• Training and hiring often fail to include accessibility as a required skill for all designers, developers, and other digital roles. While accessibility courses are becoming more common, it’s still not a standard requirement when getting a degree or even a certification in design. Design and development leaders who we interview point to the importance of both senior designers, as well as those entering the field now, understanding accessibility. Unfortunately, many organizations still fail to budget for role-based accessibility training or make assumptions that incoming talent will possess these skills.
  • Firms routinely procure services and technology from suppliers that haven’t prioritized accessibility. Many B2B software organizations we speak with are either just beginning to or haven’t yet begun to make accessibility a priority. And firms acquiring these tools often aren’t asking enough questions when making procurement decisions. This leads to a situation where even firms with top-down accessibility commitments inadvertently enter into relationships with suppliers that hinder them from achieving their accessibility goals. We predicted that this will change in 2022, particularly in the design services and technology space, but many technology categories have a long way to go to meet these new requirements from brands.

Ready To Get Started With Accessibility? We Have Research To Help You

Here’s a roundup of Forrester’s recent coverage of accessibility:

Get Help With Digital Accessibility: Tips For Selecting An Accessibility Partner. Wondering which vendors can help you audit your experiences, fix accessibility issues, train up your teams, and put the necessary processes in place to help you achieve your accessibility goals? Check out this blog post.

Design Leaders Reveal How To Build Inclusive And Diverse Teams — And Why That Matters. An inclusive and diverse design team is an essential component for creating inclusive experiences and one that many firms are missing. This research guides you through the four components of creating inclusive and diverse teams: advancing equity, creating a diverse team composition, building an inclusive team culture, and applying an inclusive design process.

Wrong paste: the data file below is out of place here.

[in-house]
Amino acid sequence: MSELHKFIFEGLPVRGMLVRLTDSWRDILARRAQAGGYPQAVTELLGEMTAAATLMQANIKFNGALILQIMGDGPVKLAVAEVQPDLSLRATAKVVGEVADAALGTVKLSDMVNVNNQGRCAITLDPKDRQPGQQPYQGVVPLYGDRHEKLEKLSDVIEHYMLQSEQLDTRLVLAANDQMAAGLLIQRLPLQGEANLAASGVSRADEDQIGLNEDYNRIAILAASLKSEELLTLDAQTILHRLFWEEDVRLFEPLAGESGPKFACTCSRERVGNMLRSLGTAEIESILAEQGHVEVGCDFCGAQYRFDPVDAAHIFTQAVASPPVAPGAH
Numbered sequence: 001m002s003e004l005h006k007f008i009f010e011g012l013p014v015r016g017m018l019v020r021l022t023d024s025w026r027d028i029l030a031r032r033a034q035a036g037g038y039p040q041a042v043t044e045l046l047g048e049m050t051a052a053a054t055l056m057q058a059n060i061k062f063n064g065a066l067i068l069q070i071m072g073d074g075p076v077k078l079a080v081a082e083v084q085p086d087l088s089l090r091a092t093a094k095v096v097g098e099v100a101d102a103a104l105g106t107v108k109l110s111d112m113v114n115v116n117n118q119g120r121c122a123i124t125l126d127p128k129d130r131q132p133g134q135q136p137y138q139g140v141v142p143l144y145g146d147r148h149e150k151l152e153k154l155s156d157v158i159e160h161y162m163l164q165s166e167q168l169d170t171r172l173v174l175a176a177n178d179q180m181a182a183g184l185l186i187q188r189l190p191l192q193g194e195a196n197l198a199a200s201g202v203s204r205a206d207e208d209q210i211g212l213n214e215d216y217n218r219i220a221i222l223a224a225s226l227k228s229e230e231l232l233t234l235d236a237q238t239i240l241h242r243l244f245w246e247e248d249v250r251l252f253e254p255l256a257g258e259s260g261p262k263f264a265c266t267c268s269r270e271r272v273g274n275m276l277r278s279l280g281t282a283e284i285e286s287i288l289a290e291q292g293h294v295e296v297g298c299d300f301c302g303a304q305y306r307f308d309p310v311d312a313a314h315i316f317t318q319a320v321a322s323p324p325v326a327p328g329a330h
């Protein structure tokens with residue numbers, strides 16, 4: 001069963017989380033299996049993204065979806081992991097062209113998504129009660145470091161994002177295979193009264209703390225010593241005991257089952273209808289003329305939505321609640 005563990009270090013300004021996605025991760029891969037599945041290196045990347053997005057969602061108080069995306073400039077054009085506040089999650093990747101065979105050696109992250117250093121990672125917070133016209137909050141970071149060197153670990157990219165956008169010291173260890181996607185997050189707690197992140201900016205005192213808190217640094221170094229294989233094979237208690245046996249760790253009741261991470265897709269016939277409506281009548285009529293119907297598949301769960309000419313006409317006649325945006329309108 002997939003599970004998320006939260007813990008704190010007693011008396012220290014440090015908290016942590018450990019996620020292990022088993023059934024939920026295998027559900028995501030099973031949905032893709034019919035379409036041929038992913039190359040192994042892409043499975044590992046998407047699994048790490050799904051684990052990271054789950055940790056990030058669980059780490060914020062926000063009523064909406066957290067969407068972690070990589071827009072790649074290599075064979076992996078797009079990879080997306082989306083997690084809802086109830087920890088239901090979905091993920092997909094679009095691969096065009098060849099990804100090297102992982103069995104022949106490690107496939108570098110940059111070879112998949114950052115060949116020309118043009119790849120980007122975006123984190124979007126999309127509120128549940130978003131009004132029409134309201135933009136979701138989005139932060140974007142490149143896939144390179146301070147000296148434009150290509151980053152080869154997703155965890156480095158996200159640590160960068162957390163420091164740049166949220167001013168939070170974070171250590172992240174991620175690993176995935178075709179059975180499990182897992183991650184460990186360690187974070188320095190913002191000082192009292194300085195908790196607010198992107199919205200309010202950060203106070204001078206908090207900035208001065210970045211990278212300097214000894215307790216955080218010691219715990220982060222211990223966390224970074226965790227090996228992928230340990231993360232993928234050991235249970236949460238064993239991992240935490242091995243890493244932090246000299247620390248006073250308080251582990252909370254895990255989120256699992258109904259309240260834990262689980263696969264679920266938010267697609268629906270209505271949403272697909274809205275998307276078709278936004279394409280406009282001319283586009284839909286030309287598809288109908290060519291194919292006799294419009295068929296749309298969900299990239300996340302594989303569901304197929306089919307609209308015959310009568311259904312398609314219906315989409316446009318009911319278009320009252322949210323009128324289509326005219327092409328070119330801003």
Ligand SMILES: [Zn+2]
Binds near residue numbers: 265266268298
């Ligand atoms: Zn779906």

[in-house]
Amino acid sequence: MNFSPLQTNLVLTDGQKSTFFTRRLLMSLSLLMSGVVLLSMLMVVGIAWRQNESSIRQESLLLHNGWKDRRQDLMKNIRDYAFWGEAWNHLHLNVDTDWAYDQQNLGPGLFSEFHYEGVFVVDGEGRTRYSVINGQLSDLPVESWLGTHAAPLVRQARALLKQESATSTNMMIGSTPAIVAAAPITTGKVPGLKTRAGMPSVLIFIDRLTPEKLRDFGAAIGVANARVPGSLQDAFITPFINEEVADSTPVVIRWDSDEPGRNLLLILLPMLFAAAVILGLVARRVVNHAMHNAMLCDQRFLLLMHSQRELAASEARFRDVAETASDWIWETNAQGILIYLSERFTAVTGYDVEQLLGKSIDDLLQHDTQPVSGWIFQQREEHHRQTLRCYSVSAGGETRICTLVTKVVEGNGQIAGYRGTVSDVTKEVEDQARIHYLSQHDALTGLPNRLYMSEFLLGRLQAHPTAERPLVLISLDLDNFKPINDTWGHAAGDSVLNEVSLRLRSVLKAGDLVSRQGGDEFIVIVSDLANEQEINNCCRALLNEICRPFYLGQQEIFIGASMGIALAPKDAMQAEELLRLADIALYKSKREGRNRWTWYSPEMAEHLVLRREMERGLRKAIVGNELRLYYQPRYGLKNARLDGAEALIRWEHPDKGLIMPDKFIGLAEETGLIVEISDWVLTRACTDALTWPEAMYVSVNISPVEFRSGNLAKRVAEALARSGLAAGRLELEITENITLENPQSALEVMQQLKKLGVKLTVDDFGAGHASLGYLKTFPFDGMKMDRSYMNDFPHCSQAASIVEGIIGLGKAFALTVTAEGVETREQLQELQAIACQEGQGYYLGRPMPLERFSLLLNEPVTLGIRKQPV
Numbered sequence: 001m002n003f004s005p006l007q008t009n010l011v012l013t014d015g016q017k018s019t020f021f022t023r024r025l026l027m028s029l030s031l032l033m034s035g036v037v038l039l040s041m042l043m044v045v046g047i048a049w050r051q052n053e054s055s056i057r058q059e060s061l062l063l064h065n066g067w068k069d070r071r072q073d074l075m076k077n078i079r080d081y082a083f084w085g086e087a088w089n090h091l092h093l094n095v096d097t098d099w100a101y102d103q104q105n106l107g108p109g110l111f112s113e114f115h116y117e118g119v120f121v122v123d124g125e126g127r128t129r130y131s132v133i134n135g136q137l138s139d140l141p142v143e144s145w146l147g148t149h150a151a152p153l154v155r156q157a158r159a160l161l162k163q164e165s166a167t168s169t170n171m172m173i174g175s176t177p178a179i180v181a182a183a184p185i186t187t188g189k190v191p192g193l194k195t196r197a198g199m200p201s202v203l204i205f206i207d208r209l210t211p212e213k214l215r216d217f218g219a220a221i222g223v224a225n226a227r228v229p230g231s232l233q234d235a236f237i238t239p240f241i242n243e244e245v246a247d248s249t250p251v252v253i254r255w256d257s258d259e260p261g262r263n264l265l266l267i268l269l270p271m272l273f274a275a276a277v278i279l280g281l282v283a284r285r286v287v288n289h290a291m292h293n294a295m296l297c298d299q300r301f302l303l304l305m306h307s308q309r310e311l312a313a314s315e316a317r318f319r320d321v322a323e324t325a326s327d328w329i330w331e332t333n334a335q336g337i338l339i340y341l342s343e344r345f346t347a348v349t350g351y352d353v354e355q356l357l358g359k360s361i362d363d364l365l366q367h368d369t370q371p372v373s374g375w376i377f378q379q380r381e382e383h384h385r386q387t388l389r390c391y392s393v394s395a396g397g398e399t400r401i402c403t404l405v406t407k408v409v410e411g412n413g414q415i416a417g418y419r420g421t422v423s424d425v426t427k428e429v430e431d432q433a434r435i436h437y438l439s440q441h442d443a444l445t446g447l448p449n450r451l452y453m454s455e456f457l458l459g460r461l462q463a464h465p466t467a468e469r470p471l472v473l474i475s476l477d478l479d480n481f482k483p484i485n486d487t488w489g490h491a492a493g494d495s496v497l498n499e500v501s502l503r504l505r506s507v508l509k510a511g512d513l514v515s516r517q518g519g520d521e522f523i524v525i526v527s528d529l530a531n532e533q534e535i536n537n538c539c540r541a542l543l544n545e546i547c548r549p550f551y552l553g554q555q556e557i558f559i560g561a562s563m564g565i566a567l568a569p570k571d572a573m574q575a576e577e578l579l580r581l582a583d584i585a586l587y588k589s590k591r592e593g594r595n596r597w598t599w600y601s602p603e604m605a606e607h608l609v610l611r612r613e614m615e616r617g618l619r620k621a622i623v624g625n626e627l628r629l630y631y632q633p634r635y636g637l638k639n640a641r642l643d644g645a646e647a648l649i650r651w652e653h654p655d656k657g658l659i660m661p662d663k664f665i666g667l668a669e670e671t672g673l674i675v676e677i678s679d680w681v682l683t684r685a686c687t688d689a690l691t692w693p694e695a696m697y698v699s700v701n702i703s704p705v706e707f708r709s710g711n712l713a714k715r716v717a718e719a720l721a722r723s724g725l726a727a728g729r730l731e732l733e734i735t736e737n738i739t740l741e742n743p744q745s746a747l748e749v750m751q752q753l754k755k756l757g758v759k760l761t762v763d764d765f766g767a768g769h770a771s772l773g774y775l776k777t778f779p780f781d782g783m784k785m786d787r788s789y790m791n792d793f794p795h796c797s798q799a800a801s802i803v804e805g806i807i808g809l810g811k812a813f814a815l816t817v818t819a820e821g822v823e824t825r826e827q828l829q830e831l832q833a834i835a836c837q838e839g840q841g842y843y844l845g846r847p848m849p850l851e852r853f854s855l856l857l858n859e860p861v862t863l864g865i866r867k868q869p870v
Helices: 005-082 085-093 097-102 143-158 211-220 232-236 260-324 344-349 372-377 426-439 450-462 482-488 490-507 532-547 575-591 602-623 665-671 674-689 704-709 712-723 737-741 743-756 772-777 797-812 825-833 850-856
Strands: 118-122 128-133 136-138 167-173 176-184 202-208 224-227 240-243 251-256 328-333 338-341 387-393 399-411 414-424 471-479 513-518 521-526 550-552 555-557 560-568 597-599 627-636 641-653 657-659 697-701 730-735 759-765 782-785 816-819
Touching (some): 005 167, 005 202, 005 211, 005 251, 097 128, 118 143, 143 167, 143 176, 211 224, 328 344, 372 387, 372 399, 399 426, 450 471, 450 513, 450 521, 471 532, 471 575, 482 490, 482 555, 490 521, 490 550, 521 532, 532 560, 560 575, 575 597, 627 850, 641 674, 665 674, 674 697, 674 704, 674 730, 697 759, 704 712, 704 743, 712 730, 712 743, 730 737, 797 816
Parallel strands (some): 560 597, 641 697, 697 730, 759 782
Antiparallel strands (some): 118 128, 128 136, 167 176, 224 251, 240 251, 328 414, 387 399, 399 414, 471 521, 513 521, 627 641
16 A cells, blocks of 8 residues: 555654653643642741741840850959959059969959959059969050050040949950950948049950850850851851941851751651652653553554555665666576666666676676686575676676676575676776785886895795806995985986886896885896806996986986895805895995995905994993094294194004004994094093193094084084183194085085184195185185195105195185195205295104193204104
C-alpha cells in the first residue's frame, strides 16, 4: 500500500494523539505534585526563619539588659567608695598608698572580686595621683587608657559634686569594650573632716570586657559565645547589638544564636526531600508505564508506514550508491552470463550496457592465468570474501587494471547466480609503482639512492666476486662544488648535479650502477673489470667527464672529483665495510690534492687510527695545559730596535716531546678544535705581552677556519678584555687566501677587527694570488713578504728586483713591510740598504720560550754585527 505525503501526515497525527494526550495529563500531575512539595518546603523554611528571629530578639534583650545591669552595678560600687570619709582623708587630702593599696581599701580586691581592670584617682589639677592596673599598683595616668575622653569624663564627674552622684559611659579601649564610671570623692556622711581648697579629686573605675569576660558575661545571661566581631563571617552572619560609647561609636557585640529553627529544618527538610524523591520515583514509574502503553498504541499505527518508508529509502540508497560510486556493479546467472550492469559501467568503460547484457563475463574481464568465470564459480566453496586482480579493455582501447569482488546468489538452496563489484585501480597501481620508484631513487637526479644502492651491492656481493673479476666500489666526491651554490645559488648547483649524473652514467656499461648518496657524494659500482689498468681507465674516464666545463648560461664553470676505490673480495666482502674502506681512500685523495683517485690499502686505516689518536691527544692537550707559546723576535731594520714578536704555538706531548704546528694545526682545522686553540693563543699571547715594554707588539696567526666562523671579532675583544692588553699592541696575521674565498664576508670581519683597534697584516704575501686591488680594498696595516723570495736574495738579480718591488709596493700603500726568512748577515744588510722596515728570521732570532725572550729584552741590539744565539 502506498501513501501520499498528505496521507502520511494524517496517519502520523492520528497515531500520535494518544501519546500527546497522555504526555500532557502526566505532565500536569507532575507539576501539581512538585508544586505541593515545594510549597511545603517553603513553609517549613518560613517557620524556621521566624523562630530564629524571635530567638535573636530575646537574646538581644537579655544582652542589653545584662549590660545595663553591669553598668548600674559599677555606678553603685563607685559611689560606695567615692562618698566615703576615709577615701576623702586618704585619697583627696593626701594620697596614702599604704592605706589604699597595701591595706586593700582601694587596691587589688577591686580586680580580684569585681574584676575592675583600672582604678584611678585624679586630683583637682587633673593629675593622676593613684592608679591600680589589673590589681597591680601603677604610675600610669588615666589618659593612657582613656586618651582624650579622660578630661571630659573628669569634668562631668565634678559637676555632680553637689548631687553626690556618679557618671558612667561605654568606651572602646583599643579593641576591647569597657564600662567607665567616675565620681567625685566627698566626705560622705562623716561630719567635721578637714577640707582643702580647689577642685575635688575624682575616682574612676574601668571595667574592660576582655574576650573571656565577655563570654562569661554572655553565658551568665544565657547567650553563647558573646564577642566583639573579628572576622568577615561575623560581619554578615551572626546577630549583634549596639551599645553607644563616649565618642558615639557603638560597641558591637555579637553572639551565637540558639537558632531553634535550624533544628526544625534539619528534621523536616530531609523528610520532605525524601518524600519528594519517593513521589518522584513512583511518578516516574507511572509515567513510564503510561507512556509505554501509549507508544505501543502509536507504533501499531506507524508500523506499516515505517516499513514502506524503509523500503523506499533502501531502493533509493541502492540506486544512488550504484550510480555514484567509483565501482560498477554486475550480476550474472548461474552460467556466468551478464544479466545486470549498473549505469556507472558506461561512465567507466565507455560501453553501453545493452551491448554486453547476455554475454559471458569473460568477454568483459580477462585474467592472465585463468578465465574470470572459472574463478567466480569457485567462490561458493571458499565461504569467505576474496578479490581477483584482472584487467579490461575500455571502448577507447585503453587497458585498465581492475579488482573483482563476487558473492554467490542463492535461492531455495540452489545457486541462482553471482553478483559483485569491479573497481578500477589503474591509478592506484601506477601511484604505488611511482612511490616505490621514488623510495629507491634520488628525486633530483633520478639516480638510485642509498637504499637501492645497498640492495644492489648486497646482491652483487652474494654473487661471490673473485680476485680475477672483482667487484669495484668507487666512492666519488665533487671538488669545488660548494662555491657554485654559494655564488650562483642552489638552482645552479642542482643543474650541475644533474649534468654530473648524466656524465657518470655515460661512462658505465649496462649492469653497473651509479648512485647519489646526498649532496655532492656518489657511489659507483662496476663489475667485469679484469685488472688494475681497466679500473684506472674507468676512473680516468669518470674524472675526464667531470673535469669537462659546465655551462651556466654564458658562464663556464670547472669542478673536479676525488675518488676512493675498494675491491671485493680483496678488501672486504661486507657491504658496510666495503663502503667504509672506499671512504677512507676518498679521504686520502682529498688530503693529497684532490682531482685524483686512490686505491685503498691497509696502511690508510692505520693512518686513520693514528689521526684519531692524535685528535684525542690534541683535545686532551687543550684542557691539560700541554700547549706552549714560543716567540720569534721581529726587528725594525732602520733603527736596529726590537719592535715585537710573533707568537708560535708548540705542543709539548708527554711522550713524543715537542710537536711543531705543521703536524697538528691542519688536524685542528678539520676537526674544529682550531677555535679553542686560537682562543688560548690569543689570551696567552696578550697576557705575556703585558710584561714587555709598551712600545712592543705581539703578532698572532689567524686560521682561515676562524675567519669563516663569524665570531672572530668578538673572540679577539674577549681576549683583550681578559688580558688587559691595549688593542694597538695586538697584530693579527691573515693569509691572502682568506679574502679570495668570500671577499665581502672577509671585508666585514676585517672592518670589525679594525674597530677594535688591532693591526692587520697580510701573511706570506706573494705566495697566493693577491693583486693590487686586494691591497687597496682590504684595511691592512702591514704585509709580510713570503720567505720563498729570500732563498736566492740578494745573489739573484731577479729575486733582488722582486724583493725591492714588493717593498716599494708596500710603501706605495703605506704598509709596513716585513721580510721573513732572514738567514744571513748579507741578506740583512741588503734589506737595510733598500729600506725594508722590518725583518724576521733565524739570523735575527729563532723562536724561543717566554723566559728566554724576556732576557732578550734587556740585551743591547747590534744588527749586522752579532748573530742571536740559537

Words Matter: Inclusive Experiences Start With Inclusive Language. Text content doesn’t receive enough attention when it comes to accessibility. Read this research to learn the best practices for using accessible and, more broadly, inclusive text content in your forms, product marketing pages, and any other interactions that make up your customers’ experience.

Get Accessibility Right: Recruit People With Disabilities Into The Design Process. This report explains a key ingredient for creating experiences that are truly accessible, not just compliant with accessibility standards: including people with disabilities in your experience design process.

Digital Accessibility Enters The Spotlight As A Business Priority. Learn about the benefits of digital accessibility and how many companies are doing the work to create accessible experiences or formally establish an accessibility practice.

Stay tuned for more research from Forrester on digital accessibility later this year.